Scientists unveil fastest optical neuromorphic processor
An international team of researchers led by Swinburne University of Technology have demonstrated a fast and powerful optical neuromorphic processor for artificial intelligence, which operates faster than 10 trillion operations per second (TeraOPs/s) and is capable of processing ultralarge-scale data.
Published in the journal Nature, this breakthrough represents a leap forward for neural networks and neuromorphic processing.
Artificial neural networks, a key form of AI, can ‘learn’ and perform complex operations with applications to computer vision, natural language processing, facial recognition, speech translation, playing strategy games, medical diagnosis and other areas. Artificial neural networks extract key features of raw data to predict properties and behaviour with accuracy and simplicity.
Led by Swinburne’s Professor David Moss, Dr Xingyuan (Mike) Xu from Monash University and Distinguished Professor Arnan Mitchell from RMIT University, the international team achieved a feat in optical neural networks: dramatically accelerating computer speed and processing power.
The researchers demonstrated an optical neuromorphic processor operating more than 1000 times faster than any previous processor, with the system also processing ultralarge-scale images — enough to achieve full facial recognition, which other processors have been unable to accomplish.
“This breakthrough was achieved with ‘optical micro-combs’, as was our world-record internet data speed reported in May 2020,” said Professor Moss, Director of Swinburne’s Optical Sciences Centre.
While the Google TPU electronic processor can operate beyond 100 TeraOPs/s, this is achieved with tens of thousands of parallel processors. In contrast, the team’s optical system uses a single processor and was achieved using a new technique of simultaneously interleaving the data in time, wavelength and spatial dimensions through an integrated micro-comb source.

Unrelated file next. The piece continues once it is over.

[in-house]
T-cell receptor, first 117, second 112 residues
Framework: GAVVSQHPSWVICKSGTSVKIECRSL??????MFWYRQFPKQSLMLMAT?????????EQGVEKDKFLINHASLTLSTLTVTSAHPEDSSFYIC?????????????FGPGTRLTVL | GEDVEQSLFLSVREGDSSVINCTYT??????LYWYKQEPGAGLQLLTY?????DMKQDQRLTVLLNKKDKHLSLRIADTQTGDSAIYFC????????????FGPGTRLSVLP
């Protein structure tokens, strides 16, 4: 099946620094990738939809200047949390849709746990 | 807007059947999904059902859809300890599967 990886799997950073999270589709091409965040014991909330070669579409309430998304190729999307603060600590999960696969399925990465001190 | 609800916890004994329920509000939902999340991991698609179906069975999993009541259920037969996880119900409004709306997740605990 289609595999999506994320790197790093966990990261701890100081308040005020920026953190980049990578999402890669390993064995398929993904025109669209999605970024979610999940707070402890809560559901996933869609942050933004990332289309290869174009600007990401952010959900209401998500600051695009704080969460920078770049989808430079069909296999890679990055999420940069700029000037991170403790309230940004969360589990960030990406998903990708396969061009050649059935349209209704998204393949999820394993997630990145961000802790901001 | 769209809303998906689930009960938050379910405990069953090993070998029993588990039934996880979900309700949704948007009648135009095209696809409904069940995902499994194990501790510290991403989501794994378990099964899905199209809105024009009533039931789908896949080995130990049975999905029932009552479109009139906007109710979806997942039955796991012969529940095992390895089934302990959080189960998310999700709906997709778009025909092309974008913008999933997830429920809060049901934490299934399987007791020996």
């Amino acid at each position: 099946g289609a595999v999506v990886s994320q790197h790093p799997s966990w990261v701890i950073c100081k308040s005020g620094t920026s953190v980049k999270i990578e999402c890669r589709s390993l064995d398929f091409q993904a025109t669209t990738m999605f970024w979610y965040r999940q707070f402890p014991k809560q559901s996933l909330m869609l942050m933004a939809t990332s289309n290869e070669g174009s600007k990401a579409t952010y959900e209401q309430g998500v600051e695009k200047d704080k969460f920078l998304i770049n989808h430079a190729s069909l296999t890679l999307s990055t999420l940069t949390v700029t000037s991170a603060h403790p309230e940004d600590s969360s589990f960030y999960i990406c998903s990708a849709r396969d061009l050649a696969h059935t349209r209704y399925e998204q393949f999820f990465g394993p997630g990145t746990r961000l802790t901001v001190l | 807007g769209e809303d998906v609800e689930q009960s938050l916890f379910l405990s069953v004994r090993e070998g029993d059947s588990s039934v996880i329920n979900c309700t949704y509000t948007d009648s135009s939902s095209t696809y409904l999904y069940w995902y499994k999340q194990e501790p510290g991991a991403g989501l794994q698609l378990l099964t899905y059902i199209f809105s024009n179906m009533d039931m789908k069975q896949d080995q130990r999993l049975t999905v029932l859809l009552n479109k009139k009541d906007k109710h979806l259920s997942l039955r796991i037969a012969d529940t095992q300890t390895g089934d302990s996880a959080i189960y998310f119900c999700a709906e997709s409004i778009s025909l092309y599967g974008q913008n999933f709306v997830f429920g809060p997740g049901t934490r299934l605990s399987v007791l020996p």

Microcombs are devices that act like a rainbow made up of hundreds of high-quality infrared lasers on a single chip. They are faster, smaller, lighter and cheaper than other optical sources.
“In the 10 years since I co-invented them, integrated micro-comb chips have become enormously important and it is truly exciting to see them enabling these huge advances in information communication and processing. Micro-combs offer enormous promise for us to meet the world’s insatiable need for information,” said Professor Moss.
Dr Xu, who served as co-lead author of the study, said the processor can serve as a universal ultrahigh-bandwidth front end for any neuromorphic hardware — optical or electronic based — bringing massive-data machine learning for real-time ultrahigh-bandwidth data within reach.
“We’re currently getting a sneak peek of how the processors of the future will look. It’s really showing us how dramatically we can scale the power of our processors through the innovative use of microcombs,” said Dr Xu.
Professor Mitchell said the technology is applicable to all forms of processing and communications, with the research team hoping to realise fully integrated systems on a chip, thereby reducing cost and energy consumption.
Professor Damien Hicks, from Swinburne University and the Walter and Eliza Hall Institute, said this breakthrough shows how a new optical technology makes convolutional neural networks faster and more efficient, and is a demonstration of the benefits of cross-disciplinary thinking.
“Convolutional neural networks have been central to the artificial intelligence revolution, but existing silicon technology increasingly presents a bottleneck in processing speed and energy efficiency,” said Professor Hicks.
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